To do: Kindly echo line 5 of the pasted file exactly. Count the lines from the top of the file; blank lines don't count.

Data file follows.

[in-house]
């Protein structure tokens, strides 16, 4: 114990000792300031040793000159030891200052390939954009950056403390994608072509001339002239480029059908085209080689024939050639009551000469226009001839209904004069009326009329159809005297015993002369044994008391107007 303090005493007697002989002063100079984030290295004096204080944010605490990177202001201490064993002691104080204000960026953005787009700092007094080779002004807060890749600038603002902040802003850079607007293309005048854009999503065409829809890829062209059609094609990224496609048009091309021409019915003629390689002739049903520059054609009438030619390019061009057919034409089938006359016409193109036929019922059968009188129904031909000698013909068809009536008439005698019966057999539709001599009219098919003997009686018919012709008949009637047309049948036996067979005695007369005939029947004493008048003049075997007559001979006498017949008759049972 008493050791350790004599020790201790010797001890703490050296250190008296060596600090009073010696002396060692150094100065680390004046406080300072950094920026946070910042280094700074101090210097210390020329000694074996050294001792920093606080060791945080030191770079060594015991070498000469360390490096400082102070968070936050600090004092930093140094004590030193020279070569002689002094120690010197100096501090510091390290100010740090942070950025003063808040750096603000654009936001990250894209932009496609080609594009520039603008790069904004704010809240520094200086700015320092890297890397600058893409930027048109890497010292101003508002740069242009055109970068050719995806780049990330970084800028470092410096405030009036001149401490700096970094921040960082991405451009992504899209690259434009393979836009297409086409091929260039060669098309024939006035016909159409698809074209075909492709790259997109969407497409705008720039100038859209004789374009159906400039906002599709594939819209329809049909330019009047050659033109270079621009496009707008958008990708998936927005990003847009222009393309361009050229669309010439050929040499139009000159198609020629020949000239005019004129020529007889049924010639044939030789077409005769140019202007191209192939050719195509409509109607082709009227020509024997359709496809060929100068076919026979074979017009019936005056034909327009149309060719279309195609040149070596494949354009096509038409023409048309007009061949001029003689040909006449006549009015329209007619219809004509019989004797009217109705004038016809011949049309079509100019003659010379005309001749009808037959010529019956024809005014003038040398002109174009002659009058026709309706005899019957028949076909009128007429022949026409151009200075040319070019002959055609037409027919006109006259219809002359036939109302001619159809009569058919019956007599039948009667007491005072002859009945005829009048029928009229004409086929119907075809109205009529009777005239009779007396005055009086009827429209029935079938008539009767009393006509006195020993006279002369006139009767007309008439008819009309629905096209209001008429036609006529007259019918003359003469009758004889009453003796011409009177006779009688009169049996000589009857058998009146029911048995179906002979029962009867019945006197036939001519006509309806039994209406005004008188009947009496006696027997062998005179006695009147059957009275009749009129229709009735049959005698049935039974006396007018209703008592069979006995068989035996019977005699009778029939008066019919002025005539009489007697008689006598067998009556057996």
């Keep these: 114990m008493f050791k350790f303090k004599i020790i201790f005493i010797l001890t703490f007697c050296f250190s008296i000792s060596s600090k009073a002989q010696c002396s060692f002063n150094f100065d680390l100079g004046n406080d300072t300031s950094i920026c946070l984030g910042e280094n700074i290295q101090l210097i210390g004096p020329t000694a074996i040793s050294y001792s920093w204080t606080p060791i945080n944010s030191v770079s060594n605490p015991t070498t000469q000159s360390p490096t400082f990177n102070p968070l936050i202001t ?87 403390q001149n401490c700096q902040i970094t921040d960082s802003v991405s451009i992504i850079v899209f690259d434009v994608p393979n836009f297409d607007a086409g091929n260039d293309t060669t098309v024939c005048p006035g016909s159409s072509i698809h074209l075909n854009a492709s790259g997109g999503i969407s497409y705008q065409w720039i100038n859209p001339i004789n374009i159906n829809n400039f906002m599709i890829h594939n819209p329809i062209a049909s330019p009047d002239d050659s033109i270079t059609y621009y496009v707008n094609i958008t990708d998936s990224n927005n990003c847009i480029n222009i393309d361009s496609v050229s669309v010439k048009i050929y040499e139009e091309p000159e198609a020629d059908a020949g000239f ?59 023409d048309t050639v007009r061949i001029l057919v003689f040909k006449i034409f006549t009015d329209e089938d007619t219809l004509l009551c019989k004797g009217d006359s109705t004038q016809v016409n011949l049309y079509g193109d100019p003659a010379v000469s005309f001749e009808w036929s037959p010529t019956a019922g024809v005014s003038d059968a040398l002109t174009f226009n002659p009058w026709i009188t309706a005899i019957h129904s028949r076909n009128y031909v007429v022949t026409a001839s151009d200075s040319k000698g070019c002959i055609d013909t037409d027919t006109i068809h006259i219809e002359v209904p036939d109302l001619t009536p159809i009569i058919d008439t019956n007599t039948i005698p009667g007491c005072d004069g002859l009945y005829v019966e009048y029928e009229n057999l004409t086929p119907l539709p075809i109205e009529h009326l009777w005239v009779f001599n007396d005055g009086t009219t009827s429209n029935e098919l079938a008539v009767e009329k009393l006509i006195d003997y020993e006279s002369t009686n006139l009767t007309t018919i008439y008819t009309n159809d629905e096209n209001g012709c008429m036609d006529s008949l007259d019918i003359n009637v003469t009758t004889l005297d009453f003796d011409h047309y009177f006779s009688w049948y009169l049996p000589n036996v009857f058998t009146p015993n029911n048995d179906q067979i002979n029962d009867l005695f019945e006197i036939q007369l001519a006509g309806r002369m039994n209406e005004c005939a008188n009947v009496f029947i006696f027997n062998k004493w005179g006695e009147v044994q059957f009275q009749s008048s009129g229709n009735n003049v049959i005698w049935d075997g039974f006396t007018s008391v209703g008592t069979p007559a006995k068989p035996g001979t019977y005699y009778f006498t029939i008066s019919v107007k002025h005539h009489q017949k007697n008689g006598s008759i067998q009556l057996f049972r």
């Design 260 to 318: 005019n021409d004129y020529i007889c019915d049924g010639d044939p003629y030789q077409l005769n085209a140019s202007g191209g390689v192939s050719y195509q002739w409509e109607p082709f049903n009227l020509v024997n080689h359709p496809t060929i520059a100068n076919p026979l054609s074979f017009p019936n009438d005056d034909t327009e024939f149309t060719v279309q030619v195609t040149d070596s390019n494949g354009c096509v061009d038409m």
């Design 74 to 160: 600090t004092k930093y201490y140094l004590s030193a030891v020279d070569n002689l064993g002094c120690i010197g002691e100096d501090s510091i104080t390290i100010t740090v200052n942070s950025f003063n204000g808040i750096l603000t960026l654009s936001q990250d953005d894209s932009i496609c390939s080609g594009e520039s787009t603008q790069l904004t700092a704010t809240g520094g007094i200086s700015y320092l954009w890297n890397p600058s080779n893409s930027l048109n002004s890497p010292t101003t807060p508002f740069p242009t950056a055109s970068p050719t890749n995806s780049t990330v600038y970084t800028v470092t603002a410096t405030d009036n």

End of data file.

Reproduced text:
């Design 74 to 160: 600090t004092k930093y201490y140094l004590s030193a030891v020279d070569n002689l064993g002094c120690i010197g002691e100096d501090s510091i104080t390290i100010t740090v200052n942070s950025f003063n204000g808040i750096l603000t960026l654009s936001q990250d953005d894209s932009i496609c390939s080609g594009e520039s787009t603008q790069l904004t700092a704010t809240g520094g007094i200086s700015y320092l954009w890297n890397p600058s080779n893409s930027l048109n002004s890497p010292t101003t807060p508002f740069p242009t950056a055109s970068p050719t890749n995806s780049t990330v600038y970084t800028v470092t603002a410096t405030d009036n």